Marlon Brando from "The Wild One"
Motorcycle’s and Black Leather Jackets are synonymous today, but it wasn’t always that way. A majority of the early leather motorcycle jackets were adapted from the soldiers, pilots and tank corps gear following World War I. During this time, leather jackets were associated with speed and adventure.
The early leather motorcycle jackets, worn in the 1920’s and 1930’s, were a very popular brown goatskin style with short styling, fitted waist. Many of these jackets imitated the style of the A-1 Bomber Jacket used by the Army Air Corp prior to WWII. These early jackets, were aviator or military style jackets with a short mandarin style collar and button front closure.
<span style="font-size: small;">Another popular style made from thick horsehide was a button front coat style. The horse hides were abundant available prior to WWII because the Army Calvary and most farmers used horses and provided hides from their stock to the clothing industry.
Interestingly, it was Hollywood and the movies that gave the motorcycle jacket its enduring mystique.
<span style="font-size: small;">The Leather Motorcycle Jacket reached iconic status when Marlon Brando wore one in his portrayal of Johnny Strabler's character in the 1953 movie "The Wild One", based on a short story by Frank Rooney's entitled "The Cyclist's Raid".</span>
The “Wild One” became a smashing hit due to Brando's excellent portrayal of Johnny Strabler, a juvenile delinquent gang leader who wore a leather jacket and rode a 1950 Triumph Thunderbird 6T.
<span style="font-size: small;">Two years later, “Rebel Without a Cause” staring James Dean, was released. The film and Dean’s subsequent death in an auto accident, sealed the connection, in the public mind, between speed, danger, rebellion, and the black leather motorcycle jacket.</span>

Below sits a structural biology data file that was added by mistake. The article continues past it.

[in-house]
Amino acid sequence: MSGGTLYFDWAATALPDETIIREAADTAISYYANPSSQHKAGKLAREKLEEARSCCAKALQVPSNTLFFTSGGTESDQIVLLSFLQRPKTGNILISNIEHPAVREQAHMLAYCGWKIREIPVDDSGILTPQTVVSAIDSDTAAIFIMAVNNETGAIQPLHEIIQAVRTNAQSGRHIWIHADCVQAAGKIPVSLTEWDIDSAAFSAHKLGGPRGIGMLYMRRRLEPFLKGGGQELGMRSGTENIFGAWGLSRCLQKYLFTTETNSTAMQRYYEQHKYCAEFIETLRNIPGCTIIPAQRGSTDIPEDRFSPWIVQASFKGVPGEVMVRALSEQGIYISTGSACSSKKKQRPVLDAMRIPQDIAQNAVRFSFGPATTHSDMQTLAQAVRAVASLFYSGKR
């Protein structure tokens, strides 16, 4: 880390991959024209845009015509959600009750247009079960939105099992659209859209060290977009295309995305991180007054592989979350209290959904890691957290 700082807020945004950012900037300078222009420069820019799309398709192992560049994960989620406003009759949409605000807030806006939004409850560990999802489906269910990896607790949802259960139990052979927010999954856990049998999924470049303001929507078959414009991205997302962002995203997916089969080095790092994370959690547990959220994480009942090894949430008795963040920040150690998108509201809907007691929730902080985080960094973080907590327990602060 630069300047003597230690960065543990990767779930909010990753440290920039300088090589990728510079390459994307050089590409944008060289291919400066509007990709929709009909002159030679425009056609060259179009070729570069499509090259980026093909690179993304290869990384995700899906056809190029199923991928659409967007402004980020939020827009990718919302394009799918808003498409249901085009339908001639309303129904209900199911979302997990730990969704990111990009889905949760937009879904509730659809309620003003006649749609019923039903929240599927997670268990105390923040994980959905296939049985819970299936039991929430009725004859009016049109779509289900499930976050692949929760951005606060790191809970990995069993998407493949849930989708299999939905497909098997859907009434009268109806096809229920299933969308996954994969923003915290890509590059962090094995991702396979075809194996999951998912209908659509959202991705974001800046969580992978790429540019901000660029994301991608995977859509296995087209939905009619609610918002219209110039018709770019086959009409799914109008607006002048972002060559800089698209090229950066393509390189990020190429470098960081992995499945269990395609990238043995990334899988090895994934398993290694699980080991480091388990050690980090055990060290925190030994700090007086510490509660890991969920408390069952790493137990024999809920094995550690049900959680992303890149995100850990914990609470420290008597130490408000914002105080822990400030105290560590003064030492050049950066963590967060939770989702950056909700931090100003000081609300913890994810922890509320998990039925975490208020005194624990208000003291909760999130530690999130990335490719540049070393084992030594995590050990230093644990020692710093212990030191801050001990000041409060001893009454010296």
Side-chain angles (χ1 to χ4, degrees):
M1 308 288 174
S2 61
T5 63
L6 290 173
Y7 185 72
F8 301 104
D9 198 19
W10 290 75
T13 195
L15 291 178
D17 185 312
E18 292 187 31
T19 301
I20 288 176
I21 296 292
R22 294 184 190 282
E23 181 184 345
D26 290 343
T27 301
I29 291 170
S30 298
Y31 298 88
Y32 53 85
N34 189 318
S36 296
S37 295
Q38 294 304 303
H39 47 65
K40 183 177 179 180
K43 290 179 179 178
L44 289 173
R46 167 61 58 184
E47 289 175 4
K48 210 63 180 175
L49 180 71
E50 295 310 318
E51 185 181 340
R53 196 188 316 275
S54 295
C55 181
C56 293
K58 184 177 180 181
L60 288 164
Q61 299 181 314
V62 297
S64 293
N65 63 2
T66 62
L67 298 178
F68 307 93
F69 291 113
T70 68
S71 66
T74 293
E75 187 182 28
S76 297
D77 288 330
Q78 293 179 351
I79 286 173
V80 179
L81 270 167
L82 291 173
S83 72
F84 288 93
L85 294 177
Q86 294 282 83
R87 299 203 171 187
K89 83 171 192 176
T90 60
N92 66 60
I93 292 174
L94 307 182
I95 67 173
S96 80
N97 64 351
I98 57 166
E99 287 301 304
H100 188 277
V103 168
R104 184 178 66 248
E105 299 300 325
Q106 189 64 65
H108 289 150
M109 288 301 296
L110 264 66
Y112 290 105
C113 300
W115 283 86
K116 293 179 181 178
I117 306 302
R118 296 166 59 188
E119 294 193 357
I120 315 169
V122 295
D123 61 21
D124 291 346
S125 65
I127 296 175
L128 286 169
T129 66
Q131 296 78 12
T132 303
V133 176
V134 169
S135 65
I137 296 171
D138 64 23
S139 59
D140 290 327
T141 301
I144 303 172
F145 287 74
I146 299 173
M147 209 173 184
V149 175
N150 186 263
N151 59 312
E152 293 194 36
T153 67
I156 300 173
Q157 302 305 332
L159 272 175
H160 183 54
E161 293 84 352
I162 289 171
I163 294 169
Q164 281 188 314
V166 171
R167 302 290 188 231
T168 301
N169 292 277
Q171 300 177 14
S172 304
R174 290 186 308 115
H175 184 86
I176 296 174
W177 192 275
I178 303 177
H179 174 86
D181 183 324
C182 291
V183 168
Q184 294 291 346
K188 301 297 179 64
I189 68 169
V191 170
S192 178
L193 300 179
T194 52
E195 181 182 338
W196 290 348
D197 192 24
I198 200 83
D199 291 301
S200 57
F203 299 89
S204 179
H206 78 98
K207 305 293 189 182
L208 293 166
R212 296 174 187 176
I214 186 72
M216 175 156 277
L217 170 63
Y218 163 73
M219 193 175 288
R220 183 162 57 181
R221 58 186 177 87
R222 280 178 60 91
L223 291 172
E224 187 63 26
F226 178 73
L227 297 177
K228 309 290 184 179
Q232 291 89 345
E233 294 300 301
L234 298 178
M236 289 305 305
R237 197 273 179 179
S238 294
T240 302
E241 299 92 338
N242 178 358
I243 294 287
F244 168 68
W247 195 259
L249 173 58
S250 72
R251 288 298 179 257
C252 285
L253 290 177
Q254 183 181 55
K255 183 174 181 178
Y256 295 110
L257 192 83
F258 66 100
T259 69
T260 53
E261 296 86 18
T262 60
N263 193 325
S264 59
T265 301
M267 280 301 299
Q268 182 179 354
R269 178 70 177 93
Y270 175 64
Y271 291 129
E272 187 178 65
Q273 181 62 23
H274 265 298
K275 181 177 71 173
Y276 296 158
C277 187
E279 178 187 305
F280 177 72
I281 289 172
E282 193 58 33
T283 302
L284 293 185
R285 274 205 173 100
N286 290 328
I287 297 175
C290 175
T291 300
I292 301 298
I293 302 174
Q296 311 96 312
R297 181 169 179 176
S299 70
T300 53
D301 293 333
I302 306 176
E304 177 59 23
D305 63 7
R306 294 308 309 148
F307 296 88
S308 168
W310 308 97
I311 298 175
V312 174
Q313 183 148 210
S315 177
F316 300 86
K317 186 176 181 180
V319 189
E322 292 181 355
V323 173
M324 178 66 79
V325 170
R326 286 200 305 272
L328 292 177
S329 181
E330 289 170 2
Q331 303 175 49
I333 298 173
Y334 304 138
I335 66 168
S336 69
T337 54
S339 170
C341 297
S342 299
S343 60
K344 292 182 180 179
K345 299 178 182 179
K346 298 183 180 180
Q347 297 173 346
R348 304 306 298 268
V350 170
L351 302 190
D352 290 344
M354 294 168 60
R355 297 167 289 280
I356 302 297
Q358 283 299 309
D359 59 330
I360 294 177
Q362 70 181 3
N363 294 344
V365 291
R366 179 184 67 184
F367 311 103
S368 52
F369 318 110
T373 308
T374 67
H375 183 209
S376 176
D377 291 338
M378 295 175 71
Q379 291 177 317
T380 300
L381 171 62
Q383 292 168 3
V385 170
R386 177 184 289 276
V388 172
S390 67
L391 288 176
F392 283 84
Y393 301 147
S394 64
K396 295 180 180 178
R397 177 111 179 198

The movie’s success ushered in an era where the motorcycle and the leather jacket began to be identified with the rebellious youth, especially in America.
<span style="font-size: small;">Following the movie, the leather motorcycle jacket evolved into the rocker jacket, popularized by the rockers and greasers of the 1950’s and early 1960’s. The rocker jacket went beyond the realm of motorcycle riders. The black leather motorcycle jacket began to be associated not only with the bikers but also groups like greasers, rockers, punk rockers and metal heads.</span>
In the 1950s and '60s black leather jackets became the uniform of the wild ones -- rebels who defy the rules and conventions of society.
<span style="font-size: small;">Today we mainly see black leather motorcycle jackets as being fashionable, however they serve a much more important and practical purpose, as protective gear for motorcycle riders.</span>
Many leather motorcycle jackets are designed as safety equipment for bikers. These jackets are much thicker and heavier than the fashionable version and are meant to protect the wearer from serious injury.
<span style="font-size: small;">They typically include heavy padding on the elbow, spine and shoulder regions. Often these jackets are equipped with armor making them of immense practical use.</span>
Leather motorcycle jackets have been popular for over 60 years. Because of their classic styling and rugged construction, leather motorcycle jackets will continue to be used as fashionable apparel and protective gear long into the future.</span>
In June 2000, REV’IT! introduced the Engineered skin design concept. This represented a revolutionary new method for three-dimensional product engineering, in which the stitching seams – which represent an area of vulnerability in the event of a crash – were re-allocated to areas at a lower risk of impact. The result of this new construction method was not only a significantly higher level of protection, but also a clearly unique look and feel. With the use of exciting color combinations and different materials, the end product was simply stunning – both visually and functionally. This has made a significant mark on the motorcycle apparel industry. The Engineered skin design is dynamic and alive, and will continue to develop and improve in the years to come.